We attempt to maintain sufficient levels of inventory in various product, package and speed configurations in order to keep lead times short and to meet forecasted customer demand and address potential supply constraints. Conversely, we also attempt to minimize the handling costs associated with maintaining higher inventory levels and to fully realize the opportunities for cost reductions associated with architecture and manufacturing process advancements. We continually strive to balance these two objectives to provide excellent customer response at a competitive cost.

Property, Plant and Equipment

During fiscal 2012, we invested $70.1 million in property, plant and equipment compared to $65.0 million in fiscal 2011. Primary investments in fiscal 2012 were for equipment, building improvements, testers, handlers, software in order to support our new products development and infrastructures.

Current Liabilities

Current liabilities decreased from $368.1 million at the end of fiscal 2011 to $342.8 million at the end of fiscal 2012. The decrease was primarily due to the decrease in deferred income on shipments to distributors and accounts payable due to timing and lower revenues, partially offset by the increase in other accrued liabilities.

Stockholders’ Equity

Stockholders’ equity increased $293.1 million during fiscal 2012, from $2.41 billion in fiscal 2011 to $2.71 billion in fiscal 2012. The increase in stockholders’ equity was attributable to total comprehensive income of $526.8 million (which included net income of $530.1 million) for fiscal 2012, issuance of common stock under employee stock plans of $108.7 million and stock-based compensation related amounts totaling $77.6 million (including the related tax benefits associated with stock option exercises). The increases were partially offset by the repurchase of common stock of $219.6 million and payment of dividends to stockholders of $200.4 million.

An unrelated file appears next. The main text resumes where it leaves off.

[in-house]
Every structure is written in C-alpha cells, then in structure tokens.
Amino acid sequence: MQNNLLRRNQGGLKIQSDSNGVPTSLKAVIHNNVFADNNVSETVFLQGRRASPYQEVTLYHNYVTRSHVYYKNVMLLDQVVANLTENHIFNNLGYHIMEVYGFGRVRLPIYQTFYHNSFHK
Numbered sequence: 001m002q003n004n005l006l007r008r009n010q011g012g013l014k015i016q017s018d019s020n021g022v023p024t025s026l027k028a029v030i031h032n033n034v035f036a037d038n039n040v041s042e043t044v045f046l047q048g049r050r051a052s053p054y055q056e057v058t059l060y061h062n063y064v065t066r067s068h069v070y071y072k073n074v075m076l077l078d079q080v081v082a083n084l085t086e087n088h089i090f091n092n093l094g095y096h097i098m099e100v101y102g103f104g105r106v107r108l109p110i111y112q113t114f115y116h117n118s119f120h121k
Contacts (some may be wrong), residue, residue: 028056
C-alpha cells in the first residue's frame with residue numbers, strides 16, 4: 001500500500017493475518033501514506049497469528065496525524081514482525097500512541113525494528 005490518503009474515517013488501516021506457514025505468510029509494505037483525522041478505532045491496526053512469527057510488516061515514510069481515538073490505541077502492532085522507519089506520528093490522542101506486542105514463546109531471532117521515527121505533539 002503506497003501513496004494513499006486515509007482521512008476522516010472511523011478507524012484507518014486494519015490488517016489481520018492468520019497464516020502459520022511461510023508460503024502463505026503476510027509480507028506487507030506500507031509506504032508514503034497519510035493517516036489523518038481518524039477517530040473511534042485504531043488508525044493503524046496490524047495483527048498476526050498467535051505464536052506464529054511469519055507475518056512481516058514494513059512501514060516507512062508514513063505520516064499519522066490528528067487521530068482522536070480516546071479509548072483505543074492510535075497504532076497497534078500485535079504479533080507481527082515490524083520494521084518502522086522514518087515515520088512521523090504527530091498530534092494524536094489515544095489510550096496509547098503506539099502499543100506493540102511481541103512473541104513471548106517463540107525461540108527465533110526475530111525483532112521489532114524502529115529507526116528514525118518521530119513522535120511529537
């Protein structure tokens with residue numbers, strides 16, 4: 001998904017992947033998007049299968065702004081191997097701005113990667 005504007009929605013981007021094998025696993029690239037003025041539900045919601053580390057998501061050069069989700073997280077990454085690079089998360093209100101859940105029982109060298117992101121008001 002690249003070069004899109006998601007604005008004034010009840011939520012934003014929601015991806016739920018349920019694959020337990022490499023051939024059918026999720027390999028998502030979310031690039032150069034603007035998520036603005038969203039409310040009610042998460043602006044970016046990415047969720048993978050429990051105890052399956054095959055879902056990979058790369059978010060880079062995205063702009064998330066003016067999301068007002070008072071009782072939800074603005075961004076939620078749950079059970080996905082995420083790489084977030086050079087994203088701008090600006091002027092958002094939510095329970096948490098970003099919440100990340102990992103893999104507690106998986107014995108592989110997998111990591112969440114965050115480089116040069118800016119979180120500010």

Fiscal 2011 Compared to Fiscal 2010

Cash, Cash Equivalents and Short-term and Long-term Investments

The combination of cash, cash equivalents and short-term and long-term investments as of April 2, 2011 and April 3, 2010 totaled $2.69 billion and $1.97 billion, respectively. As of April 2, 2011, we had cash, cash equivalents and short-term investments of $1.93 billion and working capital of $2.25 billion. Cash provided by operations of $724.2 million for fiscal 2011 was $169.9 million higher than the $554.3 million generated during fiscal 2010. Cash provided by operations during fiscal 2011 resulted primarily from net income as adjusted for non-cash related items and deferred income on shipment to distributors, which were partially offset by increases in inventories, accounts receivable and a decrease in income taxes payable.

 

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Net cash used in investing activities was $625.4 million during fiscal 2011, as compared to $336.7 million in fiscal 2010. Net cash used in investing activities during fiscal 2011 primarily consisted of $526.4 million of net purchases of available-for-sale securities, $65.0 million for purchases of property, plant and equipment (see further discussion below) and $33.7 million for acquisition of businesses.

Net cash provided by financing activities was $92.2 million in fiscal 2011, as compared to net cash used in financing activities of $252.1 million in fiscal 2010. Net cash provided by financing activities during fiscal 2011 consisted of $587.6 million of net proceeds from issuance of the 2.625% Debentures, $170.4 million of proceeds from issuance of common stock under employee stock plans, $46.9 million of proceeds from issuance of warrants, $30.2 million of proceeds from sale of interest rate swaps and $7.4 million for the excess of the tax benefit from stock-based compensation, offset by $468.9 million of repurchase of common stocks, $169.1 million for dividend payments to stockholders and $112.3 million for purchase of call options to hedge against potential dilution upon conversion of the 2.625% Debentures.